Disability discrimination – employers beware!

“Employers beware!” says Kat Moody. “The recent employment tribunal case of Ms E Onibere v Rodman Pearce Solicitors Ltd, is a further reminder that employers must acknowledge disabilities of employees and must act in accordance with the laws, not least the Equality Act 2010”.

Ms Onibere was employed as an Assistant Solicitor. She was absent from work following a cancer diagnosis and treatment for a period of 26 weeks, she had intended to return to work although the finer details were to be arranged. Her employer dismissed her on grounds of capability, relying upon her employment contract which read;

“If the employee has been absent from the employment for a period of 26 weeks (whether consecutive or in aggregate) in any period of one year as a result of incapacity.”

The employer took the view that Ms Onibere did not have a disability as she was “cured” and had fully recovered.

Ms Onibere brought a claim against her employer for unfair dismissal, direct discrimination, discrimination arising in consequence of disability, indirect discrimination, and breach of contract.

The tribunal found that the employer had failed to follow proper procedures when dismissing Ms Onibere. The failings were serious procedural failures, which rendered the dismissal sustainably unfair.

Although the tribunal accepted that the employer’s business had suffered a loss during Ms Onibere’s absence (the department she worked for failed to hit its targets and the work had greatly reduced) and that there was a real possibility that had she returned to work, she would have faced redundancy, nonetheless the tribunal found that the dismissal was unfair.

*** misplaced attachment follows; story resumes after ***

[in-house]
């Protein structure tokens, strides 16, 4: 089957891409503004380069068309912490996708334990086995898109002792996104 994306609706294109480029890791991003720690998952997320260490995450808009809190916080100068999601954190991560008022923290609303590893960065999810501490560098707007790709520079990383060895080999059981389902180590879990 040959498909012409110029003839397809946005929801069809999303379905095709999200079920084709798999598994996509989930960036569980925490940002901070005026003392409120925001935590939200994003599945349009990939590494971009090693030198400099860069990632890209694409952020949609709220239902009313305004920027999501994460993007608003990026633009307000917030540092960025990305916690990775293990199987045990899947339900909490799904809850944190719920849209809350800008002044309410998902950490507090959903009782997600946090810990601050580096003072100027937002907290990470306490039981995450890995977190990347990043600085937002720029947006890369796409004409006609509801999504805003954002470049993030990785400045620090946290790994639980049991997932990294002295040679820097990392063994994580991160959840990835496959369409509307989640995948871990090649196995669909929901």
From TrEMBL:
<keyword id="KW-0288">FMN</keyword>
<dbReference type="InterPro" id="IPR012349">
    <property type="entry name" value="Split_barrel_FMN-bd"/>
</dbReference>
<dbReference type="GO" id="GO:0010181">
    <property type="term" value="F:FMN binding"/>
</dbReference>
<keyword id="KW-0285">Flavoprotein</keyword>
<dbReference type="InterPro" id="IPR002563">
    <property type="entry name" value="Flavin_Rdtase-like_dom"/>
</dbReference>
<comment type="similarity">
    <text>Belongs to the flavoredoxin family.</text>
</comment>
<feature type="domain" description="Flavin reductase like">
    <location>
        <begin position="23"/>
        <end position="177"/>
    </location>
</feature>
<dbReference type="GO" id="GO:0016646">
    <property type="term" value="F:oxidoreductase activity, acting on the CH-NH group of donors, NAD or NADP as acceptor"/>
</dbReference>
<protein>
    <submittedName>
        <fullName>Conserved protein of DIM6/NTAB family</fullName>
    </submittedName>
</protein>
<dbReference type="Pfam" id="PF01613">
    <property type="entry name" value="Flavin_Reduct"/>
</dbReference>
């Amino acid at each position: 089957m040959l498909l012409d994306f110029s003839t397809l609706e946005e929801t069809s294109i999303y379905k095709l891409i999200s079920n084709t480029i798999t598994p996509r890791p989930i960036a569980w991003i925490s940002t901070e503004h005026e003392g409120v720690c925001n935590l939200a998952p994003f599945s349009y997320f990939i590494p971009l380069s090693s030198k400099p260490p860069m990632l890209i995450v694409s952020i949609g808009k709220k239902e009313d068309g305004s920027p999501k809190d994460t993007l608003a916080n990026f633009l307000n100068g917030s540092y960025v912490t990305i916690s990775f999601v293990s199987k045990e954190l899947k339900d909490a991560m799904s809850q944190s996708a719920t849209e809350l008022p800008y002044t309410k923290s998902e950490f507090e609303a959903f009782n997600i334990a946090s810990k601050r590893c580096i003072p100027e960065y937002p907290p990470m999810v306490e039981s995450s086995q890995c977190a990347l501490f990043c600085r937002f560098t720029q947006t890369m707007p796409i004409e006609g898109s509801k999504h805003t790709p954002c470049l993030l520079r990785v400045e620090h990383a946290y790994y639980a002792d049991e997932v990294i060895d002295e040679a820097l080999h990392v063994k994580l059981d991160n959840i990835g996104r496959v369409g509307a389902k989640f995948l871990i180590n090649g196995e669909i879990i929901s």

In respect of the claim for discrimination arising in consequence of disability, the tribunal judge at para 148 concluded; “…To dismiss without exploring possible alternatives, such as, engaging in a period of consultation with the claimant to discuss alternatives to dismissing her would have been proportionate. This was a case of a dismissal summarily rather than the respondent considering other means. Summary dismissal was not a proportionate means of achieving a legitimate aim. Accordingly, this claim is well-founded…”

Her employer admitted that he had mistakenly believed that the employment contract entitled him to dismiss Ms Onibere following her lengthy absence and that he did not know at the time that having been diagnosed with cancer, Ms Onibere was a disabled person as defined in the Equality Act 2010.

The employer was ordered to pay Ms Onibere £11,000.00 for injury to feelings together with £2,270.00 interest in respect of her disability discrimination claim plus £3,000.00 for being unfairly and wrongfully dismissed.

A full copy of the reserved judgment can be found here.

A full copy of the remedy judgment can be found here.

Kat concludes “It is essential that if an employer is considering dismissing an employee who has been absent from work, they must explore the possible alternatives available in all the circumstances. Each employee will have different needs. It is imperative to assess the matter independently.  Consider what you, the employer, can do to help your employee return to work. Discuss this with your employee, listen to their suggestions and genuinely give them consideration and If their proposals are not workable, explain why and keep well documented notes of any decision made.”

If you’d like to discuss the contents of this article or any other employment law or HR issue, please call Kat on 0191 567 0465 or email her at: kat.moody@richardreed.co.uk

Kat offers assistance on off one issues or is able to provide advice via our RR Protect Employment Scheme for an affordable monthly fixed fee. You can find out more information on this here.

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